Sacred Space, on the other hand, is oriented around the notion of sociospera—culturally constructed and reinforced understandings of hope, hope that is often manifest in the concept of transcendence. Now, for many people, transcendence is limited to (and by) their understanding of deity: God is transcendent, we are immanent, that sort of thing. I say “limited” here because, like the lack of attention paid to cinema horror, much of the writing about religion and science fiction is limited to finding this or that example of one’s own tradition in a particular film or television series, or to dismissing those films or tv shows because one doesn’t find those examples. It becomes a rather uninteresting, and ultimately fruitless, exercise in “Find the Christ figure,” for example. I say “fruitless” because Christ figures become almost ubiquitous when that’s what people want to find, not necessarily because that’s what’s there. In order to address some of the different dimensions of this problem, throughout the book and in various ways I return to one of Carl Sagan’s comments. I’m paraphrasing here, but his basic point is: “Your god is too small, your theological horizons too provincial.”
Put simply, the quest for transcendence is the search for something beyond ourselves, the belief that outside the boundaries of everyday living something greater exists. For some, the quest for transcendence is our trust in a purpose larger than the faint echo registered by a single life, the possibility of transcendence is a conviction that invests our lives with meaning and value. For others, it is something else: the beyond that hovers on the other side of the horizon, the edge of the map marked hic sunt draconis (here be dragons), the “second star to the right” that guides our imaginations into the unknown.
If we set aside the limited theological binary of transcendent God/immanent human, three different domains tend to shape our understanding of transcendence. First, there is the quest for transcendence of human limitations. From 1974 to 1978, for example, millions of viewers tuned in weekly to ABC and heard Richard Anderson’s famous opening narration for The Six Million Dollar Man: “Gentlemen, we can rebuild him. We have the technology.” Together with its spin-off, The Bionic Woman, in 2004 the two main characters in these series, Steve Austin (Lee Majors) and Jamie Sommers (Lindsay Wagner), were named to TV Guide’s “25 Greatest Sci-fi Legends.” Whenever a boundary has presented itself—there is a depth below which our submarines cannot descend, a height our aircraft cannot reach, a speed our powered machines cannot exceed and a distance they cannot cross—human ingenuity, tenacity, avarice, courage, foolhardiness, and dumb luck have combined in various measures to transcend what some regard as fixed limits, others merely as challenges.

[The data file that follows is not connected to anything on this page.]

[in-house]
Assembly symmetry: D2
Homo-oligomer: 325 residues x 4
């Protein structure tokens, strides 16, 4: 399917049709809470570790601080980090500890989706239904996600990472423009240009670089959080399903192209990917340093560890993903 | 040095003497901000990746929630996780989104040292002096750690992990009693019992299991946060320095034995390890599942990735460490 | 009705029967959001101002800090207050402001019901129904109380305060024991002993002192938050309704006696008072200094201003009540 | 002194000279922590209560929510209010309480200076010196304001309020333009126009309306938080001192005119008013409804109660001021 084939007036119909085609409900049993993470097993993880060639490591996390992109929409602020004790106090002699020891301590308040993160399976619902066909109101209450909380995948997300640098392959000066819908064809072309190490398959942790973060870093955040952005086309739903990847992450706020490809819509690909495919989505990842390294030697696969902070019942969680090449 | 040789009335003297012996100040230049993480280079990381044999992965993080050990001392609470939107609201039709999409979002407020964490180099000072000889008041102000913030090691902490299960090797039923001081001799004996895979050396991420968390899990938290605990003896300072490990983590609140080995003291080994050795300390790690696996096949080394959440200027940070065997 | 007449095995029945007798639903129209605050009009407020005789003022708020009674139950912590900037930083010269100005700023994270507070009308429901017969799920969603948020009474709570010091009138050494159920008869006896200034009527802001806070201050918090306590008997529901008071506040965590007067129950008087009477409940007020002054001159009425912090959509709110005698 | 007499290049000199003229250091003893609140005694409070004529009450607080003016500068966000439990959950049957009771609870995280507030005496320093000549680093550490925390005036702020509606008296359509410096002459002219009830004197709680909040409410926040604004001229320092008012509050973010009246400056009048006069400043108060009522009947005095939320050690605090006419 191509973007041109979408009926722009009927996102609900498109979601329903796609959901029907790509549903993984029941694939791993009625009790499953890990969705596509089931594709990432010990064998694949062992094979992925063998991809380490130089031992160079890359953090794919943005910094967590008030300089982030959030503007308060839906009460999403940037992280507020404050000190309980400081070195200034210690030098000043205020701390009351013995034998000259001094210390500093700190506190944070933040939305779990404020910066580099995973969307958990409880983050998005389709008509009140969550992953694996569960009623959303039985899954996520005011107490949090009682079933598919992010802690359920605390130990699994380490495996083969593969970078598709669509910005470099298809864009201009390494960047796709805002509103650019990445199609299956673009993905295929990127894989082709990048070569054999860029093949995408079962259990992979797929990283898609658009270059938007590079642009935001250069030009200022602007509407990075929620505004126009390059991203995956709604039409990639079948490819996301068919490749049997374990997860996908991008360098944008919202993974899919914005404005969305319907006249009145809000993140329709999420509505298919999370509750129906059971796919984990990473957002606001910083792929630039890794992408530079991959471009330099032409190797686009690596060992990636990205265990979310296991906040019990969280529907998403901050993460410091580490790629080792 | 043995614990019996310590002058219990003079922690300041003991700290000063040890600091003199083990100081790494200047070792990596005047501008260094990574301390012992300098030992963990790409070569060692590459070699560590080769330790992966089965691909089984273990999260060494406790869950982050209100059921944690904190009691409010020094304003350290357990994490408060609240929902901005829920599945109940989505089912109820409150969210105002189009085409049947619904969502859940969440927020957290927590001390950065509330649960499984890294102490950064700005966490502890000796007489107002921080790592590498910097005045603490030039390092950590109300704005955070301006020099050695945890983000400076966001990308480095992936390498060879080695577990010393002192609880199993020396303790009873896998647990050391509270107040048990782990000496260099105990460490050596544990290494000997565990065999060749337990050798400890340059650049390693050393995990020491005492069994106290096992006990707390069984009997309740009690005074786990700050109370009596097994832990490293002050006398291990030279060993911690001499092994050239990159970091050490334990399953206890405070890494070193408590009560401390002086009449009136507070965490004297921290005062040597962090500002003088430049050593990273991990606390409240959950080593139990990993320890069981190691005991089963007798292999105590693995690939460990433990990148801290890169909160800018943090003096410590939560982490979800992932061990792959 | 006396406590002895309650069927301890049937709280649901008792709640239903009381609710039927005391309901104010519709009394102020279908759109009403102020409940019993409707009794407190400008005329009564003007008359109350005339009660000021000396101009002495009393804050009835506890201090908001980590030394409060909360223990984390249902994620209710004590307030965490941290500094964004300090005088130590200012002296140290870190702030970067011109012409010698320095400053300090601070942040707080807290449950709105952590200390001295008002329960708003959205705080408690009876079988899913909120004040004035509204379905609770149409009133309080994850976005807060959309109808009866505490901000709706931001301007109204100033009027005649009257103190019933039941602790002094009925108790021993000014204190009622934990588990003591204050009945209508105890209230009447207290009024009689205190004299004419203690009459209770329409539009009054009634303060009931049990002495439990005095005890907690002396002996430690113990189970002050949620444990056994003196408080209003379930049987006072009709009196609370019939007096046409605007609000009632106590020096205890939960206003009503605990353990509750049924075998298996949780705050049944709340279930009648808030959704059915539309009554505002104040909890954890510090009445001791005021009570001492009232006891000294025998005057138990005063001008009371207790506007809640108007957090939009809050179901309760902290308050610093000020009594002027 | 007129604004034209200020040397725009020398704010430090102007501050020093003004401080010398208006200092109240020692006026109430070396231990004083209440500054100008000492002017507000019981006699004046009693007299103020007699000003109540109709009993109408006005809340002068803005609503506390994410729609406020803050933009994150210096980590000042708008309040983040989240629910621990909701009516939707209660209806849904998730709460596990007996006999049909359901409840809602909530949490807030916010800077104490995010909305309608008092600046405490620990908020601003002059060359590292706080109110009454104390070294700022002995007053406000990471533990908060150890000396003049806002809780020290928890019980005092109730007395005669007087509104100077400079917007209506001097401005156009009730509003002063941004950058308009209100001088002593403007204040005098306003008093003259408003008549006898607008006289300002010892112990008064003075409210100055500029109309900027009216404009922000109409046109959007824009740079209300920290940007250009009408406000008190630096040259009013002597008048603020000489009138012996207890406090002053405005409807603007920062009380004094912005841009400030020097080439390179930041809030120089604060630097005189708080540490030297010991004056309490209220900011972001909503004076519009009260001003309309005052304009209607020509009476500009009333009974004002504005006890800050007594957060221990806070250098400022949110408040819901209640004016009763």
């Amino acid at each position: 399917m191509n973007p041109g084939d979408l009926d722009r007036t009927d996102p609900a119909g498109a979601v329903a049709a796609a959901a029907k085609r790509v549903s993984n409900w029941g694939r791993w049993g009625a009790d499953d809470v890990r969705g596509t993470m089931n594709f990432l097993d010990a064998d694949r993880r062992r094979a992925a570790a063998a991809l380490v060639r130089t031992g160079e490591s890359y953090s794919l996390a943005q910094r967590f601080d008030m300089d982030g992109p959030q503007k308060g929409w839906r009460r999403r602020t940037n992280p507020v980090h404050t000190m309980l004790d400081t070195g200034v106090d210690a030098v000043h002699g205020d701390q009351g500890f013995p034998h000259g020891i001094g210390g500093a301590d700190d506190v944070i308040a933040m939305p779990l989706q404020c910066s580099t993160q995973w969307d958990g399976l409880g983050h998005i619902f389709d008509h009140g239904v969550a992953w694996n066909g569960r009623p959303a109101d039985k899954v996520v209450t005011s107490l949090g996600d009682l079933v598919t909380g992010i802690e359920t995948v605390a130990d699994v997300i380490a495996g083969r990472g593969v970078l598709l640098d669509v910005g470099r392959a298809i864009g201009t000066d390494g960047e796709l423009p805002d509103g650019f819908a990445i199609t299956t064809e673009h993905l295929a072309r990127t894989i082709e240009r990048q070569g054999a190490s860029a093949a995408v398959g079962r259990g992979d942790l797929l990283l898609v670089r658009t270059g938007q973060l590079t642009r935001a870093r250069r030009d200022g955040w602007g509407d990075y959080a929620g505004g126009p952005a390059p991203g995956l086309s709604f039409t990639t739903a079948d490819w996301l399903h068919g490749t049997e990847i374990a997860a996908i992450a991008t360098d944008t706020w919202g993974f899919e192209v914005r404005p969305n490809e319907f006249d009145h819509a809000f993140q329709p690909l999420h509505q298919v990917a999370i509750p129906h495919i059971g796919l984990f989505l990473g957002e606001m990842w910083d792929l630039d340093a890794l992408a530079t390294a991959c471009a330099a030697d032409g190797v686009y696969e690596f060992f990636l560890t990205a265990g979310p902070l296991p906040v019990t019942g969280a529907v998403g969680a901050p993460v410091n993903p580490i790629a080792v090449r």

The second domain is marked by the transcendence of social, cultural, or racial/species boundaries. When do we consider something a being worthy of the same rights as humans, for example? Can there be such a thing as a society of robots, of clones, of genetically engineered humans—and what are the hopes and fears these questions engender?
Rituals and rites of passage, for example, structure both the transcendence and the reinforcement of social boundaries, connecting the participants to all who have preceded them and presaging all who will proceed in generations to come. That it, they immanentize the framework of transcendence within which meaning is located. Both science fiction cinema and television have explored these areas extensively. During “Amok Time,” for example, one of the most famous episodes in the original Star Trek series, Mr. Spock is overtaken by pon farr, a traumatic regress from the dictates of logic into the unpredictability of emotion, a change that determines when a Vulcan is ready to mate. In the postapocalyptic society portrayed in Logan’s Run, the ecological limits of a population condemned to live in domed cities demands that those who reach the age of thirty participate in the rite of “Carousel”—suicide in the service of population control. In The Empire Strikes Back, while training under the impish Jedi master, Yoda, Luke Skywalker must face rites of passage drawn almost directly from the archetypal hero’s quest; he must transcend the limits of who he thinks he is in order to realize the possibilities of who he will become.